Magic gives back

A master illusionist, Eric Wilzig, turns his talents closer to home for a family member.
2:33 | 01/14/22

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Transcript for Magic gives back
- Now with a master illusionist who has performed magic for the stars, now turning his talents closer to home for a family member close to his heart. ERIC WILZIG: $1, $2, $3, $4, $5. Because I'm a magician, if you actually watch [SNAP] and snap, they turn into $500. $100, $200 $300, $400, $500. [MUSIC PLAYING] No matter your age, no matter what language you speak, where you're from, magic is something that puts a smile on really anybody's face. I got into magic when I was just five years old. My father got me a little magic kit. Got bit by the magic bug, and since then, I've been performing my entire life. As a magician I would perform on stages at theaters all over the world. Every live show disappeared, and then this virtual world appeared. Coming together over a computer screen and bonding over the connection of magic is really what our virtual pivot was all about. I knew if I was going to make a career out of doing magic and getting events and theaters and corporate events that will pay us money, that I would also give back and perform for as many charity organizations as I can. [MUSIC PLAYING] My actual cousin was diagnosed with leukemia just a few years ago. And thankfully, fast forward, she's a survivor. But that connection with her fights in the battle of leukemia really led me to want to raise money for this organization, Light the Night Leukemia and Lymphoma Society. [MUSIC PLAYING] I had this crazy idea to invite the entire community to a magic show in our driveway, thinking maybe a few people will show up. In a whole, really Vegas-style production, we got 1,000 people that came on our streets and watched magic shows live in person. So that was certainly unexpected. We raised over $2,500 in donations for Light the Nights. They had the cops come and block down the streets, direct traffic. We had a really fun day with kids, adults, even the teenagers. It was something amazing. I like to say from age two to 102, magic can make you really happy. - We could all use a little more magic in our lives, couldn't we? - Oh, how sweet was that? We were talking about confetti falling here. What day is it? It's January 12th or [INAUDIBLE]? - I was going to tell you it was Friday. - Today's the what? - January-- DIRECTOR: 14. - 14. - 14? OK. [LAUGHING] I'm just saying, we're 14 days in and we still get confetti from the New Year's celebration. AMY ROBACH: It's magical. - That's nice.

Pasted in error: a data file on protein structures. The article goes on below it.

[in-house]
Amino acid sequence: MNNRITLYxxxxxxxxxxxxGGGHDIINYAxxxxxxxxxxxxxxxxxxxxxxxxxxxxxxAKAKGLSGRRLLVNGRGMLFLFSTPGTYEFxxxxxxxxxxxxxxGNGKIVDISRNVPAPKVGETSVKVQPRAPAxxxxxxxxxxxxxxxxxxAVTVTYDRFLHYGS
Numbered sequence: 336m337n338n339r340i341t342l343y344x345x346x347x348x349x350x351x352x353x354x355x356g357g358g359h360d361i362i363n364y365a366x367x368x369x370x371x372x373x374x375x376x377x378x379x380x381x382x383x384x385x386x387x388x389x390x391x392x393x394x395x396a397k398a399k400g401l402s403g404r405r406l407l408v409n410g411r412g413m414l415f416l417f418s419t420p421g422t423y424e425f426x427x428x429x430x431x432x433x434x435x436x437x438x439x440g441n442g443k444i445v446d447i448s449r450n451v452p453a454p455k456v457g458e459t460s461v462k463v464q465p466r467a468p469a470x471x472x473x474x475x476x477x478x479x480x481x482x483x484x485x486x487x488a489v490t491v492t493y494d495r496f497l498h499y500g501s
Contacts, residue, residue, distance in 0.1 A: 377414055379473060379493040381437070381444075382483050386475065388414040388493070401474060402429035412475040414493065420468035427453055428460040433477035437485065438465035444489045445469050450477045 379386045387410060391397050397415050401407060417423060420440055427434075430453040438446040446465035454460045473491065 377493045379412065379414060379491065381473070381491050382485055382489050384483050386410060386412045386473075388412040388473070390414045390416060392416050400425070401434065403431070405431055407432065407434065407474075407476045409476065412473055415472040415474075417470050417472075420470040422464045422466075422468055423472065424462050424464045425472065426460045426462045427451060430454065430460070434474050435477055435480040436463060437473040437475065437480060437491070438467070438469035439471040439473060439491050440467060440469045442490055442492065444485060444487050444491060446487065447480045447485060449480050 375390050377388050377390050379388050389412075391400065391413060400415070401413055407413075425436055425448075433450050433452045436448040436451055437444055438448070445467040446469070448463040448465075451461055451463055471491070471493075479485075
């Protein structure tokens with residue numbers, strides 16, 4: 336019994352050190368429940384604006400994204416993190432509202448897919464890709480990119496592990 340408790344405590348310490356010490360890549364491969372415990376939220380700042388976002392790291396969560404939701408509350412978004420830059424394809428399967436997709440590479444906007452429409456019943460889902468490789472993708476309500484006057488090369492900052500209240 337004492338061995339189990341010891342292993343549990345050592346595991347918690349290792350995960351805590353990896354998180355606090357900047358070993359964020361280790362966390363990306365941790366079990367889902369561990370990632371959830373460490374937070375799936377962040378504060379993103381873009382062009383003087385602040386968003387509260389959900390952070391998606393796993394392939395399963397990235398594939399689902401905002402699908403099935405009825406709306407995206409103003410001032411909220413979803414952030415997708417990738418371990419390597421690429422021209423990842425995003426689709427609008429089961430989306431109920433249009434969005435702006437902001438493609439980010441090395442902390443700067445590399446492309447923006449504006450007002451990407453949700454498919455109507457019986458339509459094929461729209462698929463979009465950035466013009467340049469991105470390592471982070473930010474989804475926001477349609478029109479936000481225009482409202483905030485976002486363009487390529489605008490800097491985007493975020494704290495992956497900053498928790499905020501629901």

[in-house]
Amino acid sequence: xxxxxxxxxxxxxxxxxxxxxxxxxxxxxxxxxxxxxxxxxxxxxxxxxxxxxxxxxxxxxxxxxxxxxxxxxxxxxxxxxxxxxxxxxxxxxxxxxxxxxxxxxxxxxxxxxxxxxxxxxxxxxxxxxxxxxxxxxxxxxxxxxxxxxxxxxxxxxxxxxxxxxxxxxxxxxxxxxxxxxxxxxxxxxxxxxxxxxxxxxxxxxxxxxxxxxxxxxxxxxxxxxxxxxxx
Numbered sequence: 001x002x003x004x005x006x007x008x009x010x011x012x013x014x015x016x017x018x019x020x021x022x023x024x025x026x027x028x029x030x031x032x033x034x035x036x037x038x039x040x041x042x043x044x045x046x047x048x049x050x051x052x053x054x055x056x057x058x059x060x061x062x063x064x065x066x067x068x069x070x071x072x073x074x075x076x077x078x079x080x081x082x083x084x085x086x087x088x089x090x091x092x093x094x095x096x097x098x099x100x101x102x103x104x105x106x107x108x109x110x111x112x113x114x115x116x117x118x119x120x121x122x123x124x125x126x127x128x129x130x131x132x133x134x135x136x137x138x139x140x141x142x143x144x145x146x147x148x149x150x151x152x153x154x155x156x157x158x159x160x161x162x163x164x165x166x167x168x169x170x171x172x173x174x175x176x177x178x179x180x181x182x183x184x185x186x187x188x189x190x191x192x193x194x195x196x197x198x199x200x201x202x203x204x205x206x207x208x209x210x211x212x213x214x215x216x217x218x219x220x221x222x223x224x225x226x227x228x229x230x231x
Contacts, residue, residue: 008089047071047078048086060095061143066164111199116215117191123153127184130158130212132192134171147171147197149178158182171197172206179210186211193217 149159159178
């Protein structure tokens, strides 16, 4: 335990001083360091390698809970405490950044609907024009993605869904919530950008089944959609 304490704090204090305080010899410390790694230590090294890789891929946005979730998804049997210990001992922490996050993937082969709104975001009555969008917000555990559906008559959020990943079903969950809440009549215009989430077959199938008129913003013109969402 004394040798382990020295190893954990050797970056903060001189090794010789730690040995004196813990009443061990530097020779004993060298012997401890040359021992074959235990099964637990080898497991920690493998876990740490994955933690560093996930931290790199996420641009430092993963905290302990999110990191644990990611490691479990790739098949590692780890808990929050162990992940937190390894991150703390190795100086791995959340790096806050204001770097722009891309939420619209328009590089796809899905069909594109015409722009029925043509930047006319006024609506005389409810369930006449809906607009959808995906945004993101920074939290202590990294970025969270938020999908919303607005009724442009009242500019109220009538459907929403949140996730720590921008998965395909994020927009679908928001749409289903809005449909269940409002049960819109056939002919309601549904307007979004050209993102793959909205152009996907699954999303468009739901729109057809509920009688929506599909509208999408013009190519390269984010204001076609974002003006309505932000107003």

This transcript has been automatically generated and may not be 100% accurate.

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